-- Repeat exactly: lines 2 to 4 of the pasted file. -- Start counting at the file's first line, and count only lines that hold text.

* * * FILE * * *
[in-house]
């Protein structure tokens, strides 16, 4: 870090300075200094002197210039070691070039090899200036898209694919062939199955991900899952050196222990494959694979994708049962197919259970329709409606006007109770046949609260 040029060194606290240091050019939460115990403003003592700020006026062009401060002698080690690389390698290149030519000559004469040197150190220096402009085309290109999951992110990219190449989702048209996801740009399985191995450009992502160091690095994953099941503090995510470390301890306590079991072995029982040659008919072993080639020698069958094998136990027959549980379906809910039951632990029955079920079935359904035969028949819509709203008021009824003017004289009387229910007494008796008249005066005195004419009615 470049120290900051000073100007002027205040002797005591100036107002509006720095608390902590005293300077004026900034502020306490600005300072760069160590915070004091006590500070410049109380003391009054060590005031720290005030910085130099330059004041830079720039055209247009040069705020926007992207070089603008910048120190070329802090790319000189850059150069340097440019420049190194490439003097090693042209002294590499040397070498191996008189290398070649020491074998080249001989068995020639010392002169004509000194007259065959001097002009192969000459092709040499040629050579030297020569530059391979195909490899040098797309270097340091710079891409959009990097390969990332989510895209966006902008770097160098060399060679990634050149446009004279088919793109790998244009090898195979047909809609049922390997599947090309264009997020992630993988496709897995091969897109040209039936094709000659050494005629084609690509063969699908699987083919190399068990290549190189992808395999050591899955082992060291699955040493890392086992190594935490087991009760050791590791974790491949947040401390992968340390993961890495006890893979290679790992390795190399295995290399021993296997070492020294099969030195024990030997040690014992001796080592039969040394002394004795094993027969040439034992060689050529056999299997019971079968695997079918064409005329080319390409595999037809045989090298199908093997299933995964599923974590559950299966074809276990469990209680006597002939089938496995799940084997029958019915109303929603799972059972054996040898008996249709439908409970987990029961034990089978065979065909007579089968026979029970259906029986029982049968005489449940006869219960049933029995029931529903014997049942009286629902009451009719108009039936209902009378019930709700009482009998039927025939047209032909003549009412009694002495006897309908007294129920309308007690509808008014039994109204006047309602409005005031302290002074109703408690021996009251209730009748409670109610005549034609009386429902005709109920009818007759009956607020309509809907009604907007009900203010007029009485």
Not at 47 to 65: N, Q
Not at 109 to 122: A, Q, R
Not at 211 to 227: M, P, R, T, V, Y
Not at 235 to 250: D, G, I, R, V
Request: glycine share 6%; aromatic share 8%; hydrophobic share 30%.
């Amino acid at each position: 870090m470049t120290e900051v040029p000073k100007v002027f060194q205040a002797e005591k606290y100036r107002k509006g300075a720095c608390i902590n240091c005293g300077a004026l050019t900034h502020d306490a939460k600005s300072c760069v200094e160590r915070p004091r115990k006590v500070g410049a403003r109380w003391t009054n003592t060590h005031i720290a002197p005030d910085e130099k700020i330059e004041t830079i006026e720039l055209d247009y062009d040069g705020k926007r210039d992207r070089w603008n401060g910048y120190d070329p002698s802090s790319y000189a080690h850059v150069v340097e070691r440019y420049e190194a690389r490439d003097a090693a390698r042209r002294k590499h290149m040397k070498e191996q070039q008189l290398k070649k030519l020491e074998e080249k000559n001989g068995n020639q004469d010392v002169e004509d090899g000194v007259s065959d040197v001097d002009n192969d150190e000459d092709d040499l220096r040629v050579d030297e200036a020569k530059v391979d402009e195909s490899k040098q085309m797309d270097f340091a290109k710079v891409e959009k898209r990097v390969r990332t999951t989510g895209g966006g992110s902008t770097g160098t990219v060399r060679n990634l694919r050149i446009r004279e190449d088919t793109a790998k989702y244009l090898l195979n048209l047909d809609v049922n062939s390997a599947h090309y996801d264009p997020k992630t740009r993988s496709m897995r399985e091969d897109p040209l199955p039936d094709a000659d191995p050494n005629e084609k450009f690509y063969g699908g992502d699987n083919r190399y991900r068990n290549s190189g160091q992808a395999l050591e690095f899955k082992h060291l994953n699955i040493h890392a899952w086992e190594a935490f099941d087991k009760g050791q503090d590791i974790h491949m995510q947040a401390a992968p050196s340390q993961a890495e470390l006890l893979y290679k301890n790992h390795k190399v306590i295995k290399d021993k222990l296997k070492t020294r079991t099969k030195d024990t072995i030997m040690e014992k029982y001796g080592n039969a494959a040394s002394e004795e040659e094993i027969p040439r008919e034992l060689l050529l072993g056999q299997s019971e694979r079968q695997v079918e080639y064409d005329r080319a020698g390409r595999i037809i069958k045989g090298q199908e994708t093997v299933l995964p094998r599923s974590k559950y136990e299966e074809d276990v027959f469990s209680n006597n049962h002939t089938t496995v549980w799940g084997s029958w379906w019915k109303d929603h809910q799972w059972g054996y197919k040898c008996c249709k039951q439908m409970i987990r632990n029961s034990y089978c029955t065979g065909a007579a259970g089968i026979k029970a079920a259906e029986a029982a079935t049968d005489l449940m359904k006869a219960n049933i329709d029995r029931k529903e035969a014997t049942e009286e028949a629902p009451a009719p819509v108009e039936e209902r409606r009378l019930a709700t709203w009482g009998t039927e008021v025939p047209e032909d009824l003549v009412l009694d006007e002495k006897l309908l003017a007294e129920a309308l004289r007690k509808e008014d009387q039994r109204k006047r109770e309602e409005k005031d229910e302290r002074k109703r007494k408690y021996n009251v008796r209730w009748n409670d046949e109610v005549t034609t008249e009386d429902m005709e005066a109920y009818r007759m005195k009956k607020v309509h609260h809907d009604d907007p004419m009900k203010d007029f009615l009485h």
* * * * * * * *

């Protein structure tokens, strides 16, 4: 870090300075200094002197210039070691070039090899200036898209694919062939199955991900899952050196222990494959694979994708049962197919259970329709409606006007109770046949609260 040029060194606290240091050019939460115990403003003592700020006026062009401060002698080690690389390698290149030519000559004469040197150190220096402009085309290109999951992110990219190449989702048209996801740009399985191995450009992502160091690095994953099941503090995510470390301890306590079991072995029982040659008919072993080639020698069958094998136990027959549980379906809910039951632990029955079920079935359904035969028949819509709203008021009824003017004289009387229910007494008796008249005066005195004419009615 470049120290900051000073100007002027205040002797005591100036107002509006720095608390902590005293300077004026900034502020306490600005300072760069160590915070004091006590500070410049109380003391009054060590005031720290005030910085130099330059004041830079720039055209247009040069705020926007992207070089603008910048120190070329802090790319000189850059150069340097440019420049190194490439003097090693042209002294590499040397070498191996008189290398070649020491074998080249001989068995020639010392002169004509000194007259065959001097002009192969000459092709040499040629050579030297020569530059391979195909490899040098797309270097340091710079891409959009990097390969990332989510895209966006902008770097160098060399060679990634050149446009004279088919793109790998244009090898195979047909809609049922390997599947090309264009997020992630993988496709897995091969897109040209039936094709000659050494005629084609690509063969699908699987083919190399068990290549190189992808395999050591899955082992060291699955040493890392086992190594935490087991009760050791590791974790491949947040401390992968340390993961890495006890893979290679790992390795190399295995290399021993296997070492020294099969030195024990030997040690014992001796080592039969040394002394004795094993027969040439034992060689050529056999299997019971079968695997079918064409005329080319390409595999037809045989090298199908093997299933995964599923974590559950299966074809276990469990209680006597002939089938496995799940084997029958019915109303929603799972059972054996040898008996249709439908409970987990029961034990089978065979065909007579089968026979029970259906029986029982049968005489449940006869219960049933029995029931529903014997049942009286629902009451009719108009039936209902009378019930709700009482009998039927025939047209032909003549009412009694002495006897309908007294129920309308007690509808008014039994109204006047309602409005005031302290002074109703408690021996009251209730009748409670109610005549034609009386429902005709109920009818007759009956607020309509809907009604907007009900203010007029009485």
Not at 47 to 65: N, Q
Not at 109 to 122: A, Q, R